- Breastfeed for a long time—but not too long, because that’s just creepy or gross.
- Buy this shawl, cover up or bib, and breastfeed in style!
- Breastfeed in ways that do not violate the dominant culture’s sexualization of the breast.
The trappings of motherhood are all too powerful reminders that, as Catherine Keller reminds us in her book From a Broken Web, mother goddesses have to be continually slain for patriarchal heroes to be born. Indeed, she suggests that conceptions of Western selfhood are based upon this symbolic matricide—so it is no wonder that breast milk might be considered abject: a threat to the unity of the self, the boundaries of which are fiercely guarded by religion, the violation of which can cause actual physical revulsion (for more about the abject, please check out Julia Kristeva’s book Power’s of Horror).
In graduate school, I heard stories about feminist protestors who threw menstrual blood and wrote in their breast milk, reclaiming and harnessing this power. A woman I know once used the threat of period blood to deter male aggression, sticking a maxi pad stained with food coloring to a man, after which he walked around screaming, “she’s sick, she’s sick,” while the women in the room laughed at his shock and horror. These fluids are powerful, turning away even some allied colleagues who find themselves surprised and then uncomfortable with the idea that you may have been pumping just a moment before.
After discussing these powers with my class, however, I found myself considering my own experience as a breastfeeding mum. And, I have to admit that I have found my own milk, at times, somewhat abject as well.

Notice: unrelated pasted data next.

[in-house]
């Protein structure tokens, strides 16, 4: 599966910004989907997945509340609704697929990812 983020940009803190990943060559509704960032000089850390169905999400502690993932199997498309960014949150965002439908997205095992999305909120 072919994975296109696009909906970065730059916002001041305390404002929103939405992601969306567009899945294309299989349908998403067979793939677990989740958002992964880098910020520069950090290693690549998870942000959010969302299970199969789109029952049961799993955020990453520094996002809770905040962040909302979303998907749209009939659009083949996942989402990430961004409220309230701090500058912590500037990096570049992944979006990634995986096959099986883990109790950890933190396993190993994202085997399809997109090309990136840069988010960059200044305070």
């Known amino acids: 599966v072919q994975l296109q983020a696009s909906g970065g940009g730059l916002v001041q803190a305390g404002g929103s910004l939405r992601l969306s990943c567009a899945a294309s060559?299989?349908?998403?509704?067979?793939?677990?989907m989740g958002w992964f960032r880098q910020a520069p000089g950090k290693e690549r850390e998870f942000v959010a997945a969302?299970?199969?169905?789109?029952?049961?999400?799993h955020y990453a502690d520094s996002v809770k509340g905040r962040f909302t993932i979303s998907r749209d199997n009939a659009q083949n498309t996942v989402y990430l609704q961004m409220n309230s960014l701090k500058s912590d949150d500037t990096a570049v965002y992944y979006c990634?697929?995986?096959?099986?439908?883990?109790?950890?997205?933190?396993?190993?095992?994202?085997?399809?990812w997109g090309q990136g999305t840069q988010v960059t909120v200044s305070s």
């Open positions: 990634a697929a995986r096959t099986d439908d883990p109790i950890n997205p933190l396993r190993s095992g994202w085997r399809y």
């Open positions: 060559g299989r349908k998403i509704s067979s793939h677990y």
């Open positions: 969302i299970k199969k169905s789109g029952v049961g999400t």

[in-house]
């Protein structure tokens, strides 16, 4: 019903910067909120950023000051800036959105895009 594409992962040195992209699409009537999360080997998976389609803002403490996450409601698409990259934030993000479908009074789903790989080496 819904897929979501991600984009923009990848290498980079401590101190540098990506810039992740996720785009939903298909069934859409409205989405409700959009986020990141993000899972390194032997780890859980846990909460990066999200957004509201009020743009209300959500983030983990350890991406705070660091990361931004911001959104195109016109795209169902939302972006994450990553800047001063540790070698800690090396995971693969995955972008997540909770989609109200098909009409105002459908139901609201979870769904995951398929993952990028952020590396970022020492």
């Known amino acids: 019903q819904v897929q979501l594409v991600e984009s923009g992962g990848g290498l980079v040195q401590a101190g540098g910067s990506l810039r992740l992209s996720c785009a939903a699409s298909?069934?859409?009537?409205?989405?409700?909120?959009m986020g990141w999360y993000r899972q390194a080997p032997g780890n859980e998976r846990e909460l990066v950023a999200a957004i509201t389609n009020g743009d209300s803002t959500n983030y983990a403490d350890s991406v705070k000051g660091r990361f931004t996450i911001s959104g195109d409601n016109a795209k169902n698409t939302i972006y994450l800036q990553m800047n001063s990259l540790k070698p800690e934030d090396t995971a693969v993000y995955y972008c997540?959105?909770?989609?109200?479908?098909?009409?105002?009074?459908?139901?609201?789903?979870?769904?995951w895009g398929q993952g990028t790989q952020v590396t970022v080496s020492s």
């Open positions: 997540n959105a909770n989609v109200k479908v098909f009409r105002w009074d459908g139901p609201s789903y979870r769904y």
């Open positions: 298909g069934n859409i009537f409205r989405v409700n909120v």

I have refused to taste my own milk. Pumping and carrying bags of my milk down the hall to my office, I have felt like a cow. My boobs no longer feel like my own; and they definitely don’t feel ‘sexy’ to me either. Am I afraid of my own power? Perhaps, and sometimes, probably yes. However, I also realized that my feelings about my breast milk are also connected to my new role of being a mother—something that has ‘threatened’ and changed my understandings of self; and breastfeeding has been a particularly challenging part of this role.
My daughter, Hazel, spent the first week of her life in the NICU; so while I was able to try to give Hazel her first meal, she was also supplemented with formula early on. Competing with the easy to feed from bottle, I then found breastfeeding extremely painful, often nursing my baby with tears streaming down my face, breasts aching severely for the couple of hours at a time that she wasn’t feeding.